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Workplace safety is a major issue in the RMG industry of Bangladesh, especially since the tragic Rana Plaza collapse in 2013 which killed over 1,100 people, most of them RMG workers Syed Zakir Hossain/Dhaka Tribune
Time for transparency
Industry insiders say some buyers recently asked Bangladeshi manufacturers to quote open prices showing the costs for each stage of production, such as raw materials, manufacturing processes, storage, and equipment maintenance.
CPD Research Director Moazzem suggests retailers should follow suit by disclosing how much they spend during each stage between placing an order and selling the products to customers, as well as how much they earn.
“It will create transparency in the supply chain,” he told the Dhaka Tribune.
He also said consumers can hold retailers accountable by enquiring about the price they pay the manufacturers and whether it is enough to ensure compliance and better wages.
Zillul Hye Razi, a former EU trade adviser in Bangladesh, says prices in the supply chain have always remained a grey area. “I have never seen any research showing the profit margin of retailers or the manufacturers,” he says.
However, he emphasises that manufacturers must abide by the laws and ensure workplace safety before trying to negotiate a better price.
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But compliance issues have been used as an excuse by the foreign buyers to force local manufacturers to agree to low prices.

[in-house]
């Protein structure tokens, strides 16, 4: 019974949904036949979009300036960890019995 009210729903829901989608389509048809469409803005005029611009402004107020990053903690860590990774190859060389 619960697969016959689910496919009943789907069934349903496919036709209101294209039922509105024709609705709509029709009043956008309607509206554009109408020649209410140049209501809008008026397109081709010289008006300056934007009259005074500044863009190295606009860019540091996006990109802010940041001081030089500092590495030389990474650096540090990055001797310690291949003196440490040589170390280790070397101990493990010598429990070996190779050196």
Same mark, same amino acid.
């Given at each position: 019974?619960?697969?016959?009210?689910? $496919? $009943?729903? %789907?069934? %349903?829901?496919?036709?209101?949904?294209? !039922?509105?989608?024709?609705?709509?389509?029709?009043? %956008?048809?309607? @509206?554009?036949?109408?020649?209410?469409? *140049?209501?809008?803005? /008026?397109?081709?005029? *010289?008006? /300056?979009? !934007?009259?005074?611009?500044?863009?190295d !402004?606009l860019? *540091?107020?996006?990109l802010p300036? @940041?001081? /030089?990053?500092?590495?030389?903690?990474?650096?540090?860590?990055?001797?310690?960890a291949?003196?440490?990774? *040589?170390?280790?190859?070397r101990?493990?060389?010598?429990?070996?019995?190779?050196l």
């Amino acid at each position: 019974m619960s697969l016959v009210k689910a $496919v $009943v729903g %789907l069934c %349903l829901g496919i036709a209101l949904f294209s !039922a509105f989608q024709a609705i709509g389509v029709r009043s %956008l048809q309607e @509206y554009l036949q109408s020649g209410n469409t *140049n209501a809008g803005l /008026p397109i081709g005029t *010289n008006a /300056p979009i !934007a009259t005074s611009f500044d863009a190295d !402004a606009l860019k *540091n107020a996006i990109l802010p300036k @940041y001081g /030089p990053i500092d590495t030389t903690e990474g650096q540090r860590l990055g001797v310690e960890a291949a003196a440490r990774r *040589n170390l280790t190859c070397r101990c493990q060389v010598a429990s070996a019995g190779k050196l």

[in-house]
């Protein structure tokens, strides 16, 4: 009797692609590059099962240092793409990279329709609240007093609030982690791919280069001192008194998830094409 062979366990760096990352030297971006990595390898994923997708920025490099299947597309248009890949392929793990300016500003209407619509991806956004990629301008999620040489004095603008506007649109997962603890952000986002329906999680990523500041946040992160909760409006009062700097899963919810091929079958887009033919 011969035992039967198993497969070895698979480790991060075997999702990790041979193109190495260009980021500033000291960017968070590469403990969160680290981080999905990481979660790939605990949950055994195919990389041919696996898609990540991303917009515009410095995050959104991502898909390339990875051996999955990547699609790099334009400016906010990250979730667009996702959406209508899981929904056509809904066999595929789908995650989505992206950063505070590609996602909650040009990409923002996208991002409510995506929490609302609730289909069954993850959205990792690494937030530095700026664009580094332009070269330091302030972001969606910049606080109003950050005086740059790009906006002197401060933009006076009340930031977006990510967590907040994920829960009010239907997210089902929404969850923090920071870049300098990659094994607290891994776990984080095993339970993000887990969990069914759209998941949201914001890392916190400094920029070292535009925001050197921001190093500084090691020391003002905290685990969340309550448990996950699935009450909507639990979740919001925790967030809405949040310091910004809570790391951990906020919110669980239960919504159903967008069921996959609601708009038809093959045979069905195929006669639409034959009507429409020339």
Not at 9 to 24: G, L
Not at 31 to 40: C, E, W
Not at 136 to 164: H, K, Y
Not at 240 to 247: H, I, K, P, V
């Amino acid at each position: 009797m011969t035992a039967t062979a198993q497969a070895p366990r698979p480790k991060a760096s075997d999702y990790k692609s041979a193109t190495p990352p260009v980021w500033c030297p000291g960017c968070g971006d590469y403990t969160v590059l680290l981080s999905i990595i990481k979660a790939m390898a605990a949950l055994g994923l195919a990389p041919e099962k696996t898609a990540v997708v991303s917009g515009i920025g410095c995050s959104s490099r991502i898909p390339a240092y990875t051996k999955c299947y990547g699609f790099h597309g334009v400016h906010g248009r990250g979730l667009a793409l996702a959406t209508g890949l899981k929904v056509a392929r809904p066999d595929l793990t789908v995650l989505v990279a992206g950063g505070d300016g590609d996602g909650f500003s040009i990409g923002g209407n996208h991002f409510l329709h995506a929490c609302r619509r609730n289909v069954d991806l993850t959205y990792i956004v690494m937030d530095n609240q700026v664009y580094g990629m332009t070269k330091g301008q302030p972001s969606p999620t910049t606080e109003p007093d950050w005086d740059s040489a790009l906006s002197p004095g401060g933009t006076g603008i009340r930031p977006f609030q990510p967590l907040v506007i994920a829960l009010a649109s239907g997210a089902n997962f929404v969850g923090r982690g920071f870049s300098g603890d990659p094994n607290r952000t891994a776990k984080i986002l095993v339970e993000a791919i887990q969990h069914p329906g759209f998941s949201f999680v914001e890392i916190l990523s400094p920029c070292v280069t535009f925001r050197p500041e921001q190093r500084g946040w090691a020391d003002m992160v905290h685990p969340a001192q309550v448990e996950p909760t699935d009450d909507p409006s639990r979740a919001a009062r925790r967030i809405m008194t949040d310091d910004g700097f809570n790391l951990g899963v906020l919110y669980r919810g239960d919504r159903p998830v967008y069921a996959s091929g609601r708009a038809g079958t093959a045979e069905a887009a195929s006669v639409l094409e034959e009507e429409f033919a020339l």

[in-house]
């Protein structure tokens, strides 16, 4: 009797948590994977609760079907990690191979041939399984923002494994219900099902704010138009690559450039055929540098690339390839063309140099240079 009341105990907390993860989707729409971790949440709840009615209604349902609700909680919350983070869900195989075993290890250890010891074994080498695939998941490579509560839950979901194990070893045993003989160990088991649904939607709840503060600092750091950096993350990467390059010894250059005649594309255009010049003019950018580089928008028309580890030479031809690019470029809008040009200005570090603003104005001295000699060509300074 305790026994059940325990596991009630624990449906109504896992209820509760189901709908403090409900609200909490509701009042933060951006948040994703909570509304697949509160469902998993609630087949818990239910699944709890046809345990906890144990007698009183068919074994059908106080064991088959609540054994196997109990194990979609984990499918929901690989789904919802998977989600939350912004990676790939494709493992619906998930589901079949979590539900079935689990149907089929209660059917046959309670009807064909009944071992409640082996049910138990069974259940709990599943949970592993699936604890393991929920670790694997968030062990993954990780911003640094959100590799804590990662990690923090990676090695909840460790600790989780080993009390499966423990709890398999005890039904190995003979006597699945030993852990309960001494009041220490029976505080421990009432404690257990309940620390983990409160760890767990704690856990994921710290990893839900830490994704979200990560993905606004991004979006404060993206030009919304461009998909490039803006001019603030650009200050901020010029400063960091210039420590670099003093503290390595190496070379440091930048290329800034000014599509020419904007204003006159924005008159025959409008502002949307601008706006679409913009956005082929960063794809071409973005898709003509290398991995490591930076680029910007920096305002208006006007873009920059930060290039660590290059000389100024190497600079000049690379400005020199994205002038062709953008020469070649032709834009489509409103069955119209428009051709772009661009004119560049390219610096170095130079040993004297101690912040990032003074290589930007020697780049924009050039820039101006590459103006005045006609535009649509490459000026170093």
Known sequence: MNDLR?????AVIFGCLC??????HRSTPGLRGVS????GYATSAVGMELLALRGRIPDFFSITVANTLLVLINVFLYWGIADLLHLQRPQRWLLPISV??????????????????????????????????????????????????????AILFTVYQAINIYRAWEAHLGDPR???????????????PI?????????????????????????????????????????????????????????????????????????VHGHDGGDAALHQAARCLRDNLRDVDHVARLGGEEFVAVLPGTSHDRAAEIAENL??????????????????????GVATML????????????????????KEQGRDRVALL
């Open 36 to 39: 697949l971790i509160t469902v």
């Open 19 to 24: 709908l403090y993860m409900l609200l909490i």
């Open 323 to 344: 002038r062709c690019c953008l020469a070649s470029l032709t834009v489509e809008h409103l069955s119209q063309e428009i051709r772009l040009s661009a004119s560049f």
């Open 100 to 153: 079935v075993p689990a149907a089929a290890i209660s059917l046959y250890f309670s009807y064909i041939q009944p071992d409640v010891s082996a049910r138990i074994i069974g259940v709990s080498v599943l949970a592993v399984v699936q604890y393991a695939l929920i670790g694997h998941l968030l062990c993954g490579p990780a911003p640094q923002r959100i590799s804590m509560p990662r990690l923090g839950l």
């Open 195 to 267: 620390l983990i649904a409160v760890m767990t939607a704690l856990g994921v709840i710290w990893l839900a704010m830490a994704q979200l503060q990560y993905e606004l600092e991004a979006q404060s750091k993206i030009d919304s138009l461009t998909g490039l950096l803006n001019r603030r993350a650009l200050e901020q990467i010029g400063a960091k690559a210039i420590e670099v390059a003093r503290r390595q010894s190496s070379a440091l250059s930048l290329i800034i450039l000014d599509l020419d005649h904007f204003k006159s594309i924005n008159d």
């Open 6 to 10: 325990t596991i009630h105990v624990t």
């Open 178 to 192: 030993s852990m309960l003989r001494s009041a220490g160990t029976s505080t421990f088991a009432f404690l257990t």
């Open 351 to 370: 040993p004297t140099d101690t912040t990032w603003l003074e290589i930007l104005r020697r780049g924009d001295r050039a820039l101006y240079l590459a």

This trend began after the Rana Plaza collapse in 2013 that killed more than 1,100 people, most of whom were RMG workers, says an RMG manufacturer, requesting not to be named.
“After that incident, some global retailers use workplace safety as an excuse to cut prices,” he tells the Dhaka Tribune.
“Now the manufacturers are in a fix, having to spend more money on safety and compliance and, at the same time, facing a price crunch from the buyers' end,” he adds.
Eminent economist Prof Rehman Sobhan says the country's RMG sector operates in a deeply unjust global value chain where a $5 shirt made in Bangladesh is sold at $25 at Walmart stores in the US, or at much higher prices in even more affluent countries such as Sweden.
“Where exactly does the $20 go? Is this a natural working of the market mechanism or a manifestation of an unjust global order?” he asks.